Boeing 737 Max: Tui Airways mulling changing name of jet before it returns to service

‘We haven’t taken a decision on that,’ said Dawn Wilson, managing director of Tui Airways


Simon Calder
Travel Correspondent
Friday 18 October 2019 08:43
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The UK’s biggest operator of the Boeing 737 Max may change the name of the aircraft before it returns to service.

Tui Airways flew the plane, mainly from Manchester, until regulators grounded the aircraft in March.

The move followed two fatal accidents that claimed a total of 346 lives.

In both the Lion Air crash in Indonesia, and the Ethiopian Airlines accident shortly after take off from Addis Ababa, an anti-stall system known as MCAS was blamed.

When it became clear that the two tragedies were linked, all Boeing 737 Max jets were grounded.

The planemaker has been making modifications, but there is still no timetable for a return to service.

Dawn Wilson, managing director of Tui Airways, told the Airlines 2050 conference in London that it was uncertain whether or not the Max name would be retained.

“We haven’t taken a decision on that at the moment,” she said. “We’re still working through how we’re going to return these aircraft into service.”

According to the original delivery schedule, Tui Airways should be flying 23 of the aircraft from its bases across Europe, with nine of them stationed in the UK.

Ms Wilson said: “We won’t fly that aircraft unless it is safe to do so.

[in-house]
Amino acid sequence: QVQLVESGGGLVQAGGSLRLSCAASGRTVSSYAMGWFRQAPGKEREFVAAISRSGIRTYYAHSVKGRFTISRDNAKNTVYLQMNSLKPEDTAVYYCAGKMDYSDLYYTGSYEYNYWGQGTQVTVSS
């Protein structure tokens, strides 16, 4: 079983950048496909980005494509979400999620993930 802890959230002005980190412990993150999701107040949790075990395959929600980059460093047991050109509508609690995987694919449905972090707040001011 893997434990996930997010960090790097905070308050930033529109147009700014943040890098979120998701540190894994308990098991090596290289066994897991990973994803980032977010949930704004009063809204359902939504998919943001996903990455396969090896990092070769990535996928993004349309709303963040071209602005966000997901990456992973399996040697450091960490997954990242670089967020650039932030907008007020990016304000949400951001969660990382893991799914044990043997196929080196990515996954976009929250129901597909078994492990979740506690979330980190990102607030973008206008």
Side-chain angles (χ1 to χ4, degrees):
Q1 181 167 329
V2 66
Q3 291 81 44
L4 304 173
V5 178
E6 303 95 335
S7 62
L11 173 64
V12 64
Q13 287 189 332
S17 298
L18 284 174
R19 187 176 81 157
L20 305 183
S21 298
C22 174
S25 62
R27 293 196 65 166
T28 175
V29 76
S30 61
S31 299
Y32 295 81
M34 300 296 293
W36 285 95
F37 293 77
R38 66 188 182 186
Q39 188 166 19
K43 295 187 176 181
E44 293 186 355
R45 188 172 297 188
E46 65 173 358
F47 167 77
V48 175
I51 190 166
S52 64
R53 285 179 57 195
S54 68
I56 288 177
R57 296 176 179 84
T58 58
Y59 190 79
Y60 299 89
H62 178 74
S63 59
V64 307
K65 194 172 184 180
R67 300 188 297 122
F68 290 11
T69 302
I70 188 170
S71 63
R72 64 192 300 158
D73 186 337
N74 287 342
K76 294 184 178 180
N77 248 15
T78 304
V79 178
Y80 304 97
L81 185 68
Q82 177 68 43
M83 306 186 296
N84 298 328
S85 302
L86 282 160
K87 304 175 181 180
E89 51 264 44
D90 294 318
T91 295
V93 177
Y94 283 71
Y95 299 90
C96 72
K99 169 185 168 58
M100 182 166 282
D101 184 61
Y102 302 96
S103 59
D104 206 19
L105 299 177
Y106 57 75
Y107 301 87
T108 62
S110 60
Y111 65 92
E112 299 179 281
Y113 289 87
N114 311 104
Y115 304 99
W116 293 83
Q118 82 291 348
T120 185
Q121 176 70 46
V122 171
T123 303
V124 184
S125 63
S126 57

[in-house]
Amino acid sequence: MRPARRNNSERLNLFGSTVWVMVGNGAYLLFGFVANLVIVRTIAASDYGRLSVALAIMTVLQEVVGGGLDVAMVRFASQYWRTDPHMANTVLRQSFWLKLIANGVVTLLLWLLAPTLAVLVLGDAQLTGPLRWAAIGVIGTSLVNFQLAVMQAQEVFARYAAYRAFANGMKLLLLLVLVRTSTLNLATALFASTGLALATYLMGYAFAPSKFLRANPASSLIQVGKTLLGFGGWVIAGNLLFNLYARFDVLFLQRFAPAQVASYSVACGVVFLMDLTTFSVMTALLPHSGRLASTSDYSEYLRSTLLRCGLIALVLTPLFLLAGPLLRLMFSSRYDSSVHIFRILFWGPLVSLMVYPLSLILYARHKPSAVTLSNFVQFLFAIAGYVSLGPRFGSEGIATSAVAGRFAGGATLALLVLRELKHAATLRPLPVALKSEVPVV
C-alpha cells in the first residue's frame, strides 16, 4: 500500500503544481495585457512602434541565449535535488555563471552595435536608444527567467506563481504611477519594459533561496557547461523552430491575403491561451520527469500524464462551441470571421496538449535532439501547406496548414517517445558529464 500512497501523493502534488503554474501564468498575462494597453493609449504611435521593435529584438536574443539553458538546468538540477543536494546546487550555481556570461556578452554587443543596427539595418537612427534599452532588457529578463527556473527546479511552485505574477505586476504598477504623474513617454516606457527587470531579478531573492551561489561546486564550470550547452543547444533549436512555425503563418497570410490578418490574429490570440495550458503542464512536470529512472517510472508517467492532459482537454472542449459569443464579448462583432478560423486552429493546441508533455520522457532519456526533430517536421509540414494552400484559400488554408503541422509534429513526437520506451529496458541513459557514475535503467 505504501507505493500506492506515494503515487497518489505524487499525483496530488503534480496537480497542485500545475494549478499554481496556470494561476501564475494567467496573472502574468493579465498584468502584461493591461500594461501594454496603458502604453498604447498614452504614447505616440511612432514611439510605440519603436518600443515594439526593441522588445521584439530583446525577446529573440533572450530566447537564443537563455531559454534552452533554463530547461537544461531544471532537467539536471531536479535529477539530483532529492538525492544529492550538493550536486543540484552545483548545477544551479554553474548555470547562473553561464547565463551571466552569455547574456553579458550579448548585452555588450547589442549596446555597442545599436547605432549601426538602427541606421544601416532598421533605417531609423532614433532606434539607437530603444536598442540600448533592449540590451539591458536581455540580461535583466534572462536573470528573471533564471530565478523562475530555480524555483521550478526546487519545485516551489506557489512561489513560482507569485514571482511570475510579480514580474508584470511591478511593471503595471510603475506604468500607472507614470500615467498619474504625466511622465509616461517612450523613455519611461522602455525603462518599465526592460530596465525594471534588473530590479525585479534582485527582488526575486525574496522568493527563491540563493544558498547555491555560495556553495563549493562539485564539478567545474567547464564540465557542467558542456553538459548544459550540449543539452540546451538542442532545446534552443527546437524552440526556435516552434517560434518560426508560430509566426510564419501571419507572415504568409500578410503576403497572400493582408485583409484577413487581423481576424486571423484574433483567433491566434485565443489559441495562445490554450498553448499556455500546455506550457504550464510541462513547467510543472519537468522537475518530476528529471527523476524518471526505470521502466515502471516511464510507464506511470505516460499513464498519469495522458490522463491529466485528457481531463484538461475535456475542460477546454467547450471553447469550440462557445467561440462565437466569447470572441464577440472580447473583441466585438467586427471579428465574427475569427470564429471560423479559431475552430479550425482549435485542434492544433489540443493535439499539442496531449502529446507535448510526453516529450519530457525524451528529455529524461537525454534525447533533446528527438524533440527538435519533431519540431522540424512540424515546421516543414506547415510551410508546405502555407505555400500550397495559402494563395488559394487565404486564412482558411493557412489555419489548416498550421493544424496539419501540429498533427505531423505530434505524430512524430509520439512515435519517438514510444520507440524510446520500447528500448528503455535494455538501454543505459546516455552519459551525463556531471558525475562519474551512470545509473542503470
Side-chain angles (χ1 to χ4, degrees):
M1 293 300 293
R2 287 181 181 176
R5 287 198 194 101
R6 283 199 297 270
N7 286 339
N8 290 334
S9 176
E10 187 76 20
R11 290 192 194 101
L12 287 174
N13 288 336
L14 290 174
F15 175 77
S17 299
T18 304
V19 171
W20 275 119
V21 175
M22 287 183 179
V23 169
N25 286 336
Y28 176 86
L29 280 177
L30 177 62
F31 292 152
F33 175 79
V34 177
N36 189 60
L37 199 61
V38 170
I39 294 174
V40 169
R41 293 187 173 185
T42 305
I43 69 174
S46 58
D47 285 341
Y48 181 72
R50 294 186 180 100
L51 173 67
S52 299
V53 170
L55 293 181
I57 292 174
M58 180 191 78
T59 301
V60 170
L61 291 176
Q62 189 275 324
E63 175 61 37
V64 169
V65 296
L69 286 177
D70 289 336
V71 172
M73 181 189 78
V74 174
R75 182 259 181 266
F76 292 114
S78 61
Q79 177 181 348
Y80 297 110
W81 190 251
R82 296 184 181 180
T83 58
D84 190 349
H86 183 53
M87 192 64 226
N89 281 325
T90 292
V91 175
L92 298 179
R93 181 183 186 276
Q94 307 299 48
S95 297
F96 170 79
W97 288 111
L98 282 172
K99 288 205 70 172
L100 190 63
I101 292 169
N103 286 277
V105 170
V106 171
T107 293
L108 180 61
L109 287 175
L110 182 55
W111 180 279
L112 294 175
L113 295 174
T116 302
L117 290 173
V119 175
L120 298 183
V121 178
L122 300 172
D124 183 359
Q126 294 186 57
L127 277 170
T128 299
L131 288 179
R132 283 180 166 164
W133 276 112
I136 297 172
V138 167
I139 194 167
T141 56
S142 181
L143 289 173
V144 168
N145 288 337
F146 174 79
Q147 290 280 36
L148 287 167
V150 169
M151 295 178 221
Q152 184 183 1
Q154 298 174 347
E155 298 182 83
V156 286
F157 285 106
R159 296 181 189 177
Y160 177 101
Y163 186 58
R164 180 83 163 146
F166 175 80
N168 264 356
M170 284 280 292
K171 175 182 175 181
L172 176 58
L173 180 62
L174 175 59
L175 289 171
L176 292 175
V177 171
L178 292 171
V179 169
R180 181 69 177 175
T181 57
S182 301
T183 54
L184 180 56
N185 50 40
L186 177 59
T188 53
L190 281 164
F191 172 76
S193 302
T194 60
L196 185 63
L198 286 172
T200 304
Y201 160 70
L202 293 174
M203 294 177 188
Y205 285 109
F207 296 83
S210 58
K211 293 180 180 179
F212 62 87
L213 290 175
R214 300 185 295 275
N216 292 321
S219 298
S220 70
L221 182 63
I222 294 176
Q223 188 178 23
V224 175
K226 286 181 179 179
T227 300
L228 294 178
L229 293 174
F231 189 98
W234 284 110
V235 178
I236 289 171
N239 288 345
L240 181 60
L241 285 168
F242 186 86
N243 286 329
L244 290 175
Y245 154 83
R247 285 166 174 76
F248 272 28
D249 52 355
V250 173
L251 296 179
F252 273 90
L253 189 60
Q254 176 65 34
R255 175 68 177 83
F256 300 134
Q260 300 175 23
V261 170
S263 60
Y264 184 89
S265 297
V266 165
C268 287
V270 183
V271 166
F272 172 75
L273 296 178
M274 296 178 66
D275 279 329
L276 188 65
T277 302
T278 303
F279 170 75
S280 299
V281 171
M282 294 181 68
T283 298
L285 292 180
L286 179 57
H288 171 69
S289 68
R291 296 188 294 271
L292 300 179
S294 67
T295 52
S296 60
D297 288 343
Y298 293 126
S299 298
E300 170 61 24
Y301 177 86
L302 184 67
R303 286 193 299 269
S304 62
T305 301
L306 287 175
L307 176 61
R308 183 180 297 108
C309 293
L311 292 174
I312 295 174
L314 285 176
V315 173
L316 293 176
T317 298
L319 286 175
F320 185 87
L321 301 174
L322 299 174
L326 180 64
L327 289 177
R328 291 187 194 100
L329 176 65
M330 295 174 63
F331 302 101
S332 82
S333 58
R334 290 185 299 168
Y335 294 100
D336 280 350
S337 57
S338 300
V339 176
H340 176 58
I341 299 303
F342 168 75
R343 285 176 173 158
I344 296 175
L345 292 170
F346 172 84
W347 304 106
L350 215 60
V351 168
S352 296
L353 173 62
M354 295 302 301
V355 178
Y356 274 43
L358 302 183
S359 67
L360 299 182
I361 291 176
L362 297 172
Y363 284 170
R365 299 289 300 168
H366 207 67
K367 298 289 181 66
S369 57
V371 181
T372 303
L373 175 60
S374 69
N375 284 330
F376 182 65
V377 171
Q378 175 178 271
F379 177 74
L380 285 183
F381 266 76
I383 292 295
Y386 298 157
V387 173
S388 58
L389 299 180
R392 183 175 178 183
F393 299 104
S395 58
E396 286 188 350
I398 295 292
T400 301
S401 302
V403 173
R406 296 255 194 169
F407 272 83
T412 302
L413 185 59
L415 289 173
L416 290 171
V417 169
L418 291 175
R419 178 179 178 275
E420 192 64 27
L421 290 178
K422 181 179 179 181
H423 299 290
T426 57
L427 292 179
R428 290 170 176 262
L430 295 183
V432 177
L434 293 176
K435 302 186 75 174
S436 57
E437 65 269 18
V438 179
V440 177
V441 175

“The consumer I think in the beginning will be confused, because they’re already quite confused between the 737 NG [next generation] and the Max.”

A distinguishing feature of the Max is the “double-dagger” wingtips – but these are already fitted to some later 737 NG aircraft flown by Tui Airways.

“We’ve got to really work with the industry, and the regulators and the manufacturer to get some really clear communications out there about what has happened in the intervening period and what has changed.”

In both the fatal accidents, the MCAS forced down the nose of the aircraft in response to a single reading from a faulty “angle of attack” sensor. Pilots fought vainly to overcome the force applied by the the anti-stall system.

Boeing has modified the system so that “MCAS can never command more stabiliser input than can be counteracted by the flight crew pulling back on the column”.

The maker says: “Pilots will continue to always have the ability to override MCAS and manually control the airplane.”

Boeing had said it hoped the 737 Max would be back in commercial service by the end of this year, but most airlines are assuming it will start flying early in 2020.

Besides Tui Airways, Norwegian was previously operating the Max to and from the UK.

In June, British Airways’ parent company IAG signed a Letter of Intent (a non-binding order) for the aircraft, but in the accompanying press release no mention was made of the Max suffix.

Instead, the plane was described as the Boeing 737-8 and 737-10 – the two variants of the Max IAG wants to buy.

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Ryanair was due to start flying the Boeing 737 Max from Stansted in May 2019, but has yet to receive any of the planes.

It has ordered a special high-density variant of the aircraft, known as the Max 200, with 197 seats.

In July, photographs taken at the Boeing factory at Renton, near Seattle, showed a new 737 aircraft in Ryanair colours with the word “Max” replaced by the number “8200”.

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